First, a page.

THERE might be a tiger around the corner on your next visit to the park. Not real ones—visitors to tiger reserves in India will tell you those are hard to come by—but artists’ renditions. Starting next week, the Artiger project will plant more than 50 fibreglass tigers in locations around New Delhi, possibly creating the most large-scale public art display India has ever witnessed.
This is the “Year of the Tiger” according to the Chinese calendar, marked by the world’s most ambitious effort in conservation so far: to double the number of tigers in the wild. With the current population estimated to be as low as 3,200 worldwide, wildlife organizations have stepped up their conservation drives. The art fraternity, it seems, is the latest on the conservation float.
Artiger is the brainchild of three friends—art house Henry S Clark’s managing partner Swapan Seth, gallerist Aparajita Jain and social development activist Nandita Kathpalia Baig—who happened to witness the elephant parade in London this summer. The three were inspired to work along the same lines. “We saw foreigners working to save the Asian elephant… It moved us to do what little we could for conservation,” says Baig.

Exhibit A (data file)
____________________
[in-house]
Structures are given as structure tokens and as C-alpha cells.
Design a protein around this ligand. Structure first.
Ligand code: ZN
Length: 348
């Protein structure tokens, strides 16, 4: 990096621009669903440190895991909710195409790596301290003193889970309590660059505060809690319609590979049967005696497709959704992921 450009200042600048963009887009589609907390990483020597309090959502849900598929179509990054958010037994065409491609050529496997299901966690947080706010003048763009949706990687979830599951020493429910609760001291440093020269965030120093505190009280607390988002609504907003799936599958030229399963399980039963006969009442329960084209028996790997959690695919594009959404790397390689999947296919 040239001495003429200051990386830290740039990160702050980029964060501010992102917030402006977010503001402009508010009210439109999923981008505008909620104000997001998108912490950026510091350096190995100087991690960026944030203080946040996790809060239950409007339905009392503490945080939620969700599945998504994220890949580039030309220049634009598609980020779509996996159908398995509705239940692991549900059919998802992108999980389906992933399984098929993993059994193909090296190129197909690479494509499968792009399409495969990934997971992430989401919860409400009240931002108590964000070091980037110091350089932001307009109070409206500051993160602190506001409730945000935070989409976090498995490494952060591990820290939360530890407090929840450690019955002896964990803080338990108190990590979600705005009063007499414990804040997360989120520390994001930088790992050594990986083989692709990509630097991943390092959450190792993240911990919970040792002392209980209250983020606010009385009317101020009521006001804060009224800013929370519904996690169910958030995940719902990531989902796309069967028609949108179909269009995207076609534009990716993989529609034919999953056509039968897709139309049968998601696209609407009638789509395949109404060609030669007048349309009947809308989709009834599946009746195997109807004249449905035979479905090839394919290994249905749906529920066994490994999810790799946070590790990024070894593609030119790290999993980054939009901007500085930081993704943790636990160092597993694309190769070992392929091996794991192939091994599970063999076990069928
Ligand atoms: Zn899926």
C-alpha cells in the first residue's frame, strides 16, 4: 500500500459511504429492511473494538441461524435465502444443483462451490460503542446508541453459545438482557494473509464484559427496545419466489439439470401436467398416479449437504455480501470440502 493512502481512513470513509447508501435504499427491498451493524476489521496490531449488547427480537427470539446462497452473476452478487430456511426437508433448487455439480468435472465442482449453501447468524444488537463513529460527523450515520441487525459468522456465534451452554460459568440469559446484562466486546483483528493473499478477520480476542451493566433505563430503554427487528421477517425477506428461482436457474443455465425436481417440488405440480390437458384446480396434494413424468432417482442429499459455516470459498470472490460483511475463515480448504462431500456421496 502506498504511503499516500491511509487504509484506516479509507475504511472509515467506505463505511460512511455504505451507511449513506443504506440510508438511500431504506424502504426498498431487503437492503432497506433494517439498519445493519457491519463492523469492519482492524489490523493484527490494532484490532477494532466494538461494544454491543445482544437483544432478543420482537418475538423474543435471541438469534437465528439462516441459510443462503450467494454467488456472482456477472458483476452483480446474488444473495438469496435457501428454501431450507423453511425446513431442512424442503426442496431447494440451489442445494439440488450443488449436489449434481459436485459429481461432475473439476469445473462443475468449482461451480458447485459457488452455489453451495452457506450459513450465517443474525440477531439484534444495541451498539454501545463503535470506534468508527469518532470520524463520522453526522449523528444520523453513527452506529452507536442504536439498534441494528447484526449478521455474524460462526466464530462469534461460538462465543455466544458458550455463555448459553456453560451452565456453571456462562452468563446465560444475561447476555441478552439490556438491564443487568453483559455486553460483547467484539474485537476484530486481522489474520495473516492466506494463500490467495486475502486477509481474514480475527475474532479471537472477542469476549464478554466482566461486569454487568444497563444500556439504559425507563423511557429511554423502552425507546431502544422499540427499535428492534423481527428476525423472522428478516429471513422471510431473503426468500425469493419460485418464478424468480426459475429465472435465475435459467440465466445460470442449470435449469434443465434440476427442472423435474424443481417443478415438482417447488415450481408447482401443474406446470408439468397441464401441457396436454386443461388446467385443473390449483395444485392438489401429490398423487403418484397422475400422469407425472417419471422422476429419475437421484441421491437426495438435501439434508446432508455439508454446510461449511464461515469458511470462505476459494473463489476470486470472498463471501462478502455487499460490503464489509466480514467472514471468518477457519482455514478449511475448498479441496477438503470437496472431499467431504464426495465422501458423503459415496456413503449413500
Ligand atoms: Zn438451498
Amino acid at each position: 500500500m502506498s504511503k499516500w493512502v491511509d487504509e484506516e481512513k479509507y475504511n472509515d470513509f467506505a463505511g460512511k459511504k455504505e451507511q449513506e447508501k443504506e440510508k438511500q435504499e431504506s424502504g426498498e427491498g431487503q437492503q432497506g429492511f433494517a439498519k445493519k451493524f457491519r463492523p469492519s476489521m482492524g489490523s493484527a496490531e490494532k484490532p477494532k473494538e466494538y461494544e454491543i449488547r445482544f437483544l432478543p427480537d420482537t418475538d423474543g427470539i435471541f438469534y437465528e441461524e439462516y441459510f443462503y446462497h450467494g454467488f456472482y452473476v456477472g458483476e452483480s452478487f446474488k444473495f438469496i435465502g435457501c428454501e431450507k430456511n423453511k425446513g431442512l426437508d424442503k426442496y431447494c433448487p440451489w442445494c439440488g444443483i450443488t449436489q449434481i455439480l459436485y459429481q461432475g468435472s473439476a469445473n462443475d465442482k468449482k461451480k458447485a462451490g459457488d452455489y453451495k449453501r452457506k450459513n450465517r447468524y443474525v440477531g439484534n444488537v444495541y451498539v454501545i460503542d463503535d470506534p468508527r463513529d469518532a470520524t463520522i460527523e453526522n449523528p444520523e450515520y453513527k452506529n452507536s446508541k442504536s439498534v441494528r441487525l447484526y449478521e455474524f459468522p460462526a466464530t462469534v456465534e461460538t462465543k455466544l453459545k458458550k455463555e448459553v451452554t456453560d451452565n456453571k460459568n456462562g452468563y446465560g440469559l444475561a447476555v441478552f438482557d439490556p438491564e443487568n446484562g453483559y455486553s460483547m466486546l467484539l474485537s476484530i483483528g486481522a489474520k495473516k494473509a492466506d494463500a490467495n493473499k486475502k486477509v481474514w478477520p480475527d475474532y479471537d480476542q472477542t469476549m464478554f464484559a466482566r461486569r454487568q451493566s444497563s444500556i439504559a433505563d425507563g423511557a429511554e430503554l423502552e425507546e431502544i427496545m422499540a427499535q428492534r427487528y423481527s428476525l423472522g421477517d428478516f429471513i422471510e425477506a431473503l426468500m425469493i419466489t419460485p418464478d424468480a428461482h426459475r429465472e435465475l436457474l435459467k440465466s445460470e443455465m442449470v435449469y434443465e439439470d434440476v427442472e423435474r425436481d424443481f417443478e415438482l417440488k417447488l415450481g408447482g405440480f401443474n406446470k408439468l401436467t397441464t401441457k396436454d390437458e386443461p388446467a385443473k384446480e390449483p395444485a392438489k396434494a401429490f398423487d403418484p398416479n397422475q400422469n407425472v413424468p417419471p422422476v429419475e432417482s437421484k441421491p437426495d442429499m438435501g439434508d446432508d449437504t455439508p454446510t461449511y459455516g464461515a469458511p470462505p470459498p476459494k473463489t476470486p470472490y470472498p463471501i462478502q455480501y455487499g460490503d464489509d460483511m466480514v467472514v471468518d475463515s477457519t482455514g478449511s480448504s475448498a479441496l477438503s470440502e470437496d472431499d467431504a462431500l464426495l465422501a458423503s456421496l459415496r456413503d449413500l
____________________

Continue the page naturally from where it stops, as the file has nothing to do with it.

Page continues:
Wild moves: Bagh nritya (tiger dance) exponents at the Dastkar Nature Bazaar, which picked the ‘tiger’ theme this year. Ramit Batra / Mint
Asia House in London, the leading pan-Asian organization in the UK, also flagged off a major exhibition earlier this month. The exhibition, The Tiger in Asian Art, explores the tiger as a symbol of power and protection. The show covers work spanning 3,000 years, from the historical to the contemporary. This year’s edition of the Dastkar Nature Bazaar (21-31 October) in Delhi was themed on the tiger too. Two hundred stalls with artisans from 18 Indian states displayed crafts tailored to the theme.
With tiger conservation as the larger goal, each initiative has its own agenda. For Artiger, it was primarily fund-raising. Raising awareness via the exhibition of tiger sculptures in public places was a pertinent by-product.
From Seth’s accounts, the machinations were smooth. The plan was to draw up a list of artists who would be willing to produce tiger artworks gratis, pre-sell these to companies and donate the proceedings to the Ranthambhore Foundation—one of India’s most wellknown organizations in the field of tiger conservation. Each corporate house had to commit Rs1.5 lakh in return for a tiger sculpture that would come to them after a three-month public display period in parks, malls and public institutions. Seth says 50 tigers were sold in the first 48 hours itself.